- Juventud Guerrera worked his first U.S. match since getting fired from WCW, working a show for XPW. Paul Heyman was said to be interested in Guerrera but not so much now, partly because he worked an XPW show (Heyman hates them) and also because, well, Heyman just can't afford to bring anyone new right now. Except Scott Hall, apparently.

- ECW Hardcore TV this week opened with the real-life footage of medics and police treating Sinister Minister backstage after the accident before the show where he really almost blew his fingers off. Dave says ECW is a desperate company and desperate people do desperate things, but he felt like airing this footage was beyond bad taste and, even worse for ECW, it looked like public access TV. He says this was something only a dying company would do. The police and EMTs on the scene were legitimately upset at being filmed, threatening to arrest the cameraman at one point.

- On the same show, Tommy Dreamer cut a promo bragging about how ECW had drawn more fans than WCW did in the same city the night before. All well and good except...not true. Nitro drew 4,600 paid while ECW drew 2,600 paid. And even if it was true, WCW is just as much a dying company as ECW, so out-drawing them isn't really anything worth bragging about anymore. And especially when it's not true.

- Nothing new on the WCW sale rumors. Right now, the whole company is basically in a holding pattern. The interim-bookers (Ferrara, Terry Taylor, Johnny Ace, etc.) have been told not to make any major changes because Russo is expected to be back soon to take control again. There's been rumors of Jerry Jarrett being brought in to help run things but Dave doesn't know how true that is (not true. He did make a low-ball offer to buy WCW at this point, but he was never close to outbidding Bischoff's people).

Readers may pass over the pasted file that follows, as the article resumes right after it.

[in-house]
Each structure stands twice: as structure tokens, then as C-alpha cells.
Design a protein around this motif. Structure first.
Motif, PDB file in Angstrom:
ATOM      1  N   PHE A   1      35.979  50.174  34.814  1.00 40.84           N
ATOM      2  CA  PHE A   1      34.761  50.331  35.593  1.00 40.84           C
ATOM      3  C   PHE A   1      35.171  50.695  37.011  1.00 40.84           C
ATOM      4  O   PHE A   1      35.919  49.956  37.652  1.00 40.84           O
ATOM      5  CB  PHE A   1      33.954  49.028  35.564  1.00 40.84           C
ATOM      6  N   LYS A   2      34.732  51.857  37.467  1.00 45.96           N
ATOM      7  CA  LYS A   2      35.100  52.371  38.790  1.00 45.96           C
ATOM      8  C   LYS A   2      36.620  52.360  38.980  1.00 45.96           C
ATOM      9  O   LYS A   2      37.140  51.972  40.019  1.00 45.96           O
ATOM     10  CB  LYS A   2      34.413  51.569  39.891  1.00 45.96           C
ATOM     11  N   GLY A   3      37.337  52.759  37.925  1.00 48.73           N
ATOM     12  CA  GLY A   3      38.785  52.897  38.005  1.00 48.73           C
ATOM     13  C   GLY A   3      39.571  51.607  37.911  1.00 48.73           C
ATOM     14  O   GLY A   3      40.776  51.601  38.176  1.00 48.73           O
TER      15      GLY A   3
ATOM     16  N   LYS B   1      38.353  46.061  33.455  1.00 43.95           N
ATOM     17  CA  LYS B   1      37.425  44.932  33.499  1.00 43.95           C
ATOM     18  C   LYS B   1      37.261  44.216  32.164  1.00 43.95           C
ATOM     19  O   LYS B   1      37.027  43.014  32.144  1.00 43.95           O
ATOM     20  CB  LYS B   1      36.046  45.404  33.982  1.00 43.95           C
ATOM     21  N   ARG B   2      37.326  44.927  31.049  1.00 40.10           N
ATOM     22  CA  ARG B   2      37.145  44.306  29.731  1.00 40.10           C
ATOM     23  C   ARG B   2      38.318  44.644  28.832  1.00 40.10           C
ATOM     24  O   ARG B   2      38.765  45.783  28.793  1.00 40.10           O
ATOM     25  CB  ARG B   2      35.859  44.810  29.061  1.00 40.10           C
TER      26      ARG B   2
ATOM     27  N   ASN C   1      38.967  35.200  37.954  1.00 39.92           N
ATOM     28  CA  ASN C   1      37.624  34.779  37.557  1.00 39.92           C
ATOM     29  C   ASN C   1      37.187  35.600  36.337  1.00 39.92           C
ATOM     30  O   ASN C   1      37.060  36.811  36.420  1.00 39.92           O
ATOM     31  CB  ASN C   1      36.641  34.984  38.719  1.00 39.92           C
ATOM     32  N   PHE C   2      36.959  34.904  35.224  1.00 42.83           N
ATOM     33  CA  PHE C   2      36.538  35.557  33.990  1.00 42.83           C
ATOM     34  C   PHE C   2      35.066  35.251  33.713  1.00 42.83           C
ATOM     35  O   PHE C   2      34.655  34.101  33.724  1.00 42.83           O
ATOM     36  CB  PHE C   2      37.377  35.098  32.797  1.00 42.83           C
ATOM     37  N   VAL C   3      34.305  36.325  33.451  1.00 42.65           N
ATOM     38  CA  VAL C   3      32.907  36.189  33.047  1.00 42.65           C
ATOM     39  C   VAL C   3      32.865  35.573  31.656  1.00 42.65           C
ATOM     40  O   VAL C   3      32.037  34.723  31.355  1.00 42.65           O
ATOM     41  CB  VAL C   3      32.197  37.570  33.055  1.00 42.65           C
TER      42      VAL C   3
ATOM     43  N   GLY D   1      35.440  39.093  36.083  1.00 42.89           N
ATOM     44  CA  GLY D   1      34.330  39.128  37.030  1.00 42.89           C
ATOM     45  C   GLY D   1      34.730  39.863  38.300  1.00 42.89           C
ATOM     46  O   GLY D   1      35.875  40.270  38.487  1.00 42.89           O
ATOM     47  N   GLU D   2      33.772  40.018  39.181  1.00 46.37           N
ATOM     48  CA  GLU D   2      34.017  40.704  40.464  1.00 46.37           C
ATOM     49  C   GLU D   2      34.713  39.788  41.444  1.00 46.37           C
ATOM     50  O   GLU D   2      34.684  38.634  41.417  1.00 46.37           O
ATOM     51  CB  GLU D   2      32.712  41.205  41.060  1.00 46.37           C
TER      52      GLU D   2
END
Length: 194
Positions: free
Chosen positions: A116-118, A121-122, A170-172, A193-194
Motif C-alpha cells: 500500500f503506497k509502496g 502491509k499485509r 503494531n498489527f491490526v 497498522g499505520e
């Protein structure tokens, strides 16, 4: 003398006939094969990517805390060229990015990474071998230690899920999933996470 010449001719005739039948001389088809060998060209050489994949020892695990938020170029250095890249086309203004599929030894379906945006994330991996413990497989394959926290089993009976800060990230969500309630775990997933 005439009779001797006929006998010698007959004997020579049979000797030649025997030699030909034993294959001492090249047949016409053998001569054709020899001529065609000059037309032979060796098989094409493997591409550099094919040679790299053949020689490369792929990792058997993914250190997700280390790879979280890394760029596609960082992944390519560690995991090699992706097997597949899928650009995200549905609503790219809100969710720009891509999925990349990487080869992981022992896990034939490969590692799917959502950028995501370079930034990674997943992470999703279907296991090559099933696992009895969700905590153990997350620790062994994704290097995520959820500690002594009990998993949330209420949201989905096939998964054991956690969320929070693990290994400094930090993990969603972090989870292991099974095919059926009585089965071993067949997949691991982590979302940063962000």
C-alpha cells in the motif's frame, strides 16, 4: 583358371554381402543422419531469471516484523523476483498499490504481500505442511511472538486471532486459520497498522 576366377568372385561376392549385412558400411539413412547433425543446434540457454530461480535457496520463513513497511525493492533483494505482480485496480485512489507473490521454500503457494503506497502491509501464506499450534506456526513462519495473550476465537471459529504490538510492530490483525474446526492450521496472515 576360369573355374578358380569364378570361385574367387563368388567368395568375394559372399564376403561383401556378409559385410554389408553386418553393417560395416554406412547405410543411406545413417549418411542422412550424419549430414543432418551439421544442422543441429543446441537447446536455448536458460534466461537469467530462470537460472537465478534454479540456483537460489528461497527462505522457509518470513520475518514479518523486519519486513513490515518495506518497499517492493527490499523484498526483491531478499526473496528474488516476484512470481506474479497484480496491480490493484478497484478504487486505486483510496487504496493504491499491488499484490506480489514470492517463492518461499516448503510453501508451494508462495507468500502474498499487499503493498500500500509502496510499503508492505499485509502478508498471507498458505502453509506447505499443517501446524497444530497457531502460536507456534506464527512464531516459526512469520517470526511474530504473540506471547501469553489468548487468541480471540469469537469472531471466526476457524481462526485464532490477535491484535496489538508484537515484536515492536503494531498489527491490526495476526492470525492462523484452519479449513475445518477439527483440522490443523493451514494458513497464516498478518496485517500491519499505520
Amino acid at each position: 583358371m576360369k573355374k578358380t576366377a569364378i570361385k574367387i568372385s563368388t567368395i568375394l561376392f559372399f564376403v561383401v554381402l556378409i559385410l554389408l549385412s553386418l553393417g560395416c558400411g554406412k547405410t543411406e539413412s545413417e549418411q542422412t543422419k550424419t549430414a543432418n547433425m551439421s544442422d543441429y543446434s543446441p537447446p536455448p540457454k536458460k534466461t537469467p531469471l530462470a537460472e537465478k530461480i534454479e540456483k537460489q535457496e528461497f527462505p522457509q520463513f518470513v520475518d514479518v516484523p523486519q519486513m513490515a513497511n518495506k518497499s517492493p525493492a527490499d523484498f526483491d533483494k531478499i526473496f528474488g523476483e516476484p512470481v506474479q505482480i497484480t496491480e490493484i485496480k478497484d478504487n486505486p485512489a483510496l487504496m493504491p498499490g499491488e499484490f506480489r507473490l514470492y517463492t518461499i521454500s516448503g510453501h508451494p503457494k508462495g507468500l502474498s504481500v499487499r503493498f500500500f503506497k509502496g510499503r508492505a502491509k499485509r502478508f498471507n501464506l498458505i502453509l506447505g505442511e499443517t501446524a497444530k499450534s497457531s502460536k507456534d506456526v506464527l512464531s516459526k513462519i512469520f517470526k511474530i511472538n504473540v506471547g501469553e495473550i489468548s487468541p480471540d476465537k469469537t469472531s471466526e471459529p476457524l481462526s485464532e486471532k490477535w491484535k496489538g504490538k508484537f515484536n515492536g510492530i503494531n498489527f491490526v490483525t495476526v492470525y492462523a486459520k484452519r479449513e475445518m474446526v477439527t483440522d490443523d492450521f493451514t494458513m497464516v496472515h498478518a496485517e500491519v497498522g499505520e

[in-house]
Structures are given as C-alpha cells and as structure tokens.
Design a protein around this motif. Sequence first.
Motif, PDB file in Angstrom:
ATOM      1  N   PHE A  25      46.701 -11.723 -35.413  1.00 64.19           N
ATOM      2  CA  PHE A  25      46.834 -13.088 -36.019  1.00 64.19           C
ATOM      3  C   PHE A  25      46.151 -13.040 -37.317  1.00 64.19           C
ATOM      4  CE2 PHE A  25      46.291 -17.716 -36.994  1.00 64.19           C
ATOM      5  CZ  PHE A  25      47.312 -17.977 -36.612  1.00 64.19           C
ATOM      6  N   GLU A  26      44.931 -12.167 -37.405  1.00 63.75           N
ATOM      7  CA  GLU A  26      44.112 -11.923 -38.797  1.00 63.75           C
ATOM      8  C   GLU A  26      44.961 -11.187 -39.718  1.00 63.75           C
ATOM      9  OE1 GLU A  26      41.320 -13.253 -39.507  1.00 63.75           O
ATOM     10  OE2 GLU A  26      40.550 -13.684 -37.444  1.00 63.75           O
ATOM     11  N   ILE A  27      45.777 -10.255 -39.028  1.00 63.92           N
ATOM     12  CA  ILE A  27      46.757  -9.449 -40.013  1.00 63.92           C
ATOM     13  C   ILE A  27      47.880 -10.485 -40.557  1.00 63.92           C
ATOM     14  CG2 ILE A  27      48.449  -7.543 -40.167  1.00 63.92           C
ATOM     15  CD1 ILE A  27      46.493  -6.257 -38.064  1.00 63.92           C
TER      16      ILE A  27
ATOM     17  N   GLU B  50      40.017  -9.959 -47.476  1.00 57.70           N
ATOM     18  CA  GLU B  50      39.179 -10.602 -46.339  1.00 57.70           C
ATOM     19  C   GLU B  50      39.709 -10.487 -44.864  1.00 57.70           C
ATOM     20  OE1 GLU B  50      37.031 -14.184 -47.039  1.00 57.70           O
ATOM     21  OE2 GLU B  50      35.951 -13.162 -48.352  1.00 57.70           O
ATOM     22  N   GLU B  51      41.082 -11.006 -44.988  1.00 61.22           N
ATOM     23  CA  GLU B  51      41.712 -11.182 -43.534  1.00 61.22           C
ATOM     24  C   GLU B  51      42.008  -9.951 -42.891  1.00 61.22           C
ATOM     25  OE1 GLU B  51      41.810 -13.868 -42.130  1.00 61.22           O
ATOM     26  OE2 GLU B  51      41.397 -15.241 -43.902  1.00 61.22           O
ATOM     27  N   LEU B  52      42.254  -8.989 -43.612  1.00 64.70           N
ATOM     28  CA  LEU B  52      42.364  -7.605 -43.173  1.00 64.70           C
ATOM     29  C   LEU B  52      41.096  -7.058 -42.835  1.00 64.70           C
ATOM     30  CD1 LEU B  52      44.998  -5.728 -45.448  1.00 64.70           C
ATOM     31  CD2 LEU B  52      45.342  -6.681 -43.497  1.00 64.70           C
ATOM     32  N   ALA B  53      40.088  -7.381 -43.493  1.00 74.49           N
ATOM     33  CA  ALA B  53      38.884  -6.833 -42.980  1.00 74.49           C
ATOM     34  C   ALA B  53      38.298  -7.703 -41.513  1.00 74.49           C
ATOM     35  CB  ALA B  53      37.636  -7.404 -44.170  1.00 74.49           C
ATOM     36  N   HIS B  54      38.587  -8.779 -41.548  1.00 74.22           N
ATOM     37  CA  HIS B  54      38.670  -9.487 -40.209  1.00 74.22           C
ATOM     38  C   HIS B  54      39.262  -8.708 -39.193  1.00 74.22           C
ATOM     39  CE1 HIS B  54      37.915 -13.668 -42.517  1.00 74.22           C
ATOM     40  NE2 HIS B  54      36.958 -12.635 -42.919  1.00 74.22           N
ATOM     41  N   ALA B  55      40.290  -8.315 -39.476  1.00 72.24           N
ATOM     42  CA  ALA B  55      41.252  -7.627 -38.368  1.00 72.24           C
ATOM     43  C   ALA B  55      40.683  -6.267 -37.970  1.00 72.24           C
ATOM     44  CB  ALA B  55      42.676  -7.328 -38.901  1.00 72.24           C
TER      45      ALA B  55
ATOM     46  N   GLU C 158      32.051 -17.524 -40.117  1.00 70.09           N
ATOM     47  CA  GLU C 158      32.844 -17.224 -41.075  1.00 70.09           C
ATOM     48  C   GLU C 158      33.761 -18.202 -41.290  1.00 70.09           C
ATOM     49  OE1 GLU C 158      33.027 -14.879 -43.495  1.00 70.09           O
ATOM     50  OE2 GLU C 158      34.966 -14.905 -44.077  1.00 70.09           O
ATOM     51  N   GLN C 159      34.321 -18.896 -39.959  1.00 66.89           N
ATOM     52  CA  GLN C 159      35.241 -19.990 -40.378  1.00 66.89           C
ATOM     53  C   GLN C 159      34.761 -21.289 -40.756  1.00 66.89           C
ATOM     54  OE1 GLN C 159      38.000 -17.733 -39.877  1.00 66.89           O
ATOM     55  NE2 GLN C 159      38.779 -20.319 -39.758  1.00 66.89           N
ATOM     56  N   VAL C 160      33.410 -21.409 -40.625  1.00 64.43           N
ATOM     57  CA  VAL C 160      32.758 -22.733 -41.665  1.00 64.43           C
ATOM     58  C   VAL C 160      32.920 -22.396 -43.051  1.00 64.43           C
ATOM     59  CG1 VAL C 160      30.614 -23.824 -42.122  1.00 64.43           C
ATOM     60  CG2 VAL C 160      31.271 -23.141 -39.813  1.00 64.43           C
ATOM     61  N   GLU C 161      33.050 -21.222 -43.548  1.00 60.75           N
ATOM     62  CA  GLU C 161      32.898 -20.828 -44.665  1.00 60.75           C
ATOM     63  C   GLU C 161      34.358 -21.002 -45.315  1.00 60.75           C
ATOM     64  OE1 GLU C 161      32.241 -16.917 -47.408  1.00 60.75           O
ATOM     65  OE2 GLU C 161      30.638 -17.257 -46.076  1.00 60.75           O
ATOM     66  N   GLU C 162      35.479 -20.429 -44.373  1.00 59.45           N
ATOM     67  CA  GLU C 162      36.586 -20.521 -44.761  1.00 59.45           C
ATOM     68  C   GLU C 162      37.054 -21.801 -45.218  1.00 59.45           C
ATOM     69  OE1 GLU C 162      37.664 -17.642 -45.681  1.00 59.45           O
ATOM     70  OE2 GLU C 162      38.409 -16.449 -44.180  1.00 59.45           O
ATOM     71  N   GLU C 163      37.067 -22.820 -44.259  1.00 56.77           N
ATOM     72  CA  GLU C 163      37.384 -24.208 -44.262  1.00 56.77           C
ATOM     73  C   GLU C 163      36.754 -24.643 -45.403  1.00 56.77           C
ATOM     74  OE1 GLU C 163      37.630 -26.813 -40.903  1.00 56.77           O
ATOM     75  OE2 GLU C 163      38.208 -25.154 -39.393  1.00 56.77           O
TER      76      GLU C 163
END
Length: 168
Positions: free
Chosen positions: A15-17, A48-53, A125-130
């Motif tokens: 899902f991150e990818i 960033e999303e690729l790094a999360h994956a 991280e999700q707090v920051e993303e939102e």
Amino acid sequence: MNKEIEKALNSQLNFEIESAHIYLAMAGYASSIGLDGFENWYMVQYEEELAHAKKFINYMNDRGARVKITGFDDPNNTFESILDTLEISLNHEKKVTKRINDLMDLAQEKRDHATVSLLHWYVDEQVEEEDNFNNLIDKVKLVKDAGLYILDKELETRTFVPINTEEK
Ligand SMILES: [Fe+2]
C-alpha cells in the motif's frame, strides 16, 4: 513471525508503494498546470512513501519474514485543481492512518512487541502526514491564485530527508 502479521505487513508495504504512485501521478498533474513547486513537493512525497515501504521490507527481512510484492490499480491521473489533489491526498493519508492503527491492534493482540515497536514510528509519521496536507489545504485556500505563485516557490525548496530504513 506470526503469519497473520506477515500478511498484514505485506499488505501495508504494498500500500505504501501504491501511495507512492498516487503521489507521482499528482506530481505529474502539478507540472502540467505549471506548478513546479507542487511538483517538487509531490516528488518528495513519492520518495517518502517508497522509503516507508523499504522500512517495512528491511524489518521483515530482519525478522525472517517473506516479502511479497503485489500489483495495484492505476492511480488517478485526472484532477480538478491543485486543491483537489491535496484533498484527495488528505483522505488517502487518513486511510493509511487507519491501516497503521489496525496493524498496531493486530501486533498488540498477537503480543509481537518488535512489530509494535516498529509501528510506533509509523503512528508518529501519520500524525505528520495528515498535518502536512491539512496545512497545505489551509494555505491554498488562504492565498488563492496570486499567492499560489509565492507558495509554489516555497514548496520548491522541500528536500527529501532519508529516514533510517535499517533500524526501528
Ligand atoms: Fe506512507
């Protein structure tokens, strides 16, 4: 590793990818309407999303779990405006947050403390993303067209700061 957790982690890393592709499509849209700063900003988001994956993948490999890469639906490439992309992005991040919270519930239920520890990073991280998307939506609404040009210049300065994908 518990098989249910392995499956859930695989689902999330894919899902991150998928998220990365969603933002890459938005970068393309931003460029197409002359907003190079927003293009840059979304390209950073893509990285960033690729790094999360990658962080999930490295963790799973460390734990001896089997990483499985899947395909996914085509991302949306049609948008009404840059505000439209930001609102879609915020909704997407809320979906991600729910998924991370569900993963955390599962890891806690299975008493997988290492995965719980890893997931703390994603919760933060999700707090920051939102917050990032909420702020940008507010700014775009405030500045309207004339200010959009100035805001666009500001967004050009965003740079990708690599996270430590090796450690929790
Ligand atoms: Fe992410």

- At the Thunder taping in Manchester, England, Konnan got legit knocked unconscious for several minutes after taking Kronik's finisher. The show was stopped while he was tended to and eventually he was able to walk out of the ring on his own, but he was knocked loopy.

- The whole Stacy Keibler/pregnancy angle has seemingly been forgotten about, but just in case you wanted to know how it was going to end: the idea was for it to last until March (presumably around the time she would have had the baby) and it would be revealed that Vince Russo was the father. But then it would be revealed that Ric Flair was actually Stacy's father, stemming from a fling he had 21 years ago in Baltimore and that Ric and Russo were working together to break up her marriage to David Flair, because it was an incestuous relationship. And it would, of course, be revealed that at some point, David Flair had sex with his half-sister. Dave says Vince Russo has been itching to get an incest angle going ever since Ken Shamrock refused to do it back in 1997 with his fake on-screen sister.

- Bobby Heenan's WCW contract expires at the end of December and as mentioned last week, WCW has decided not to renew it. There's no word that WWF is interested in bringing him in, but he is said to be interested in going. Larry Zbyszko is pushing to get involved in a storyline so that he won't end up like Heenan (doesn't work. Zbyszko is out the door in the next few weeks also).

- Various WCW notes: An executive at Saks Fith Avenue filed a $10 million libel lawsuit against a guy who held up a sign on WCW Nitro calling him a thief. Well okay then. Goldberg refused to work the show last week in Germany because he's Jewish and lost family members in the Holocaust. Regarding the Battledome/WCW crossover angle, the blond muscle guy from the Battledome crew is actually Midajah's husband.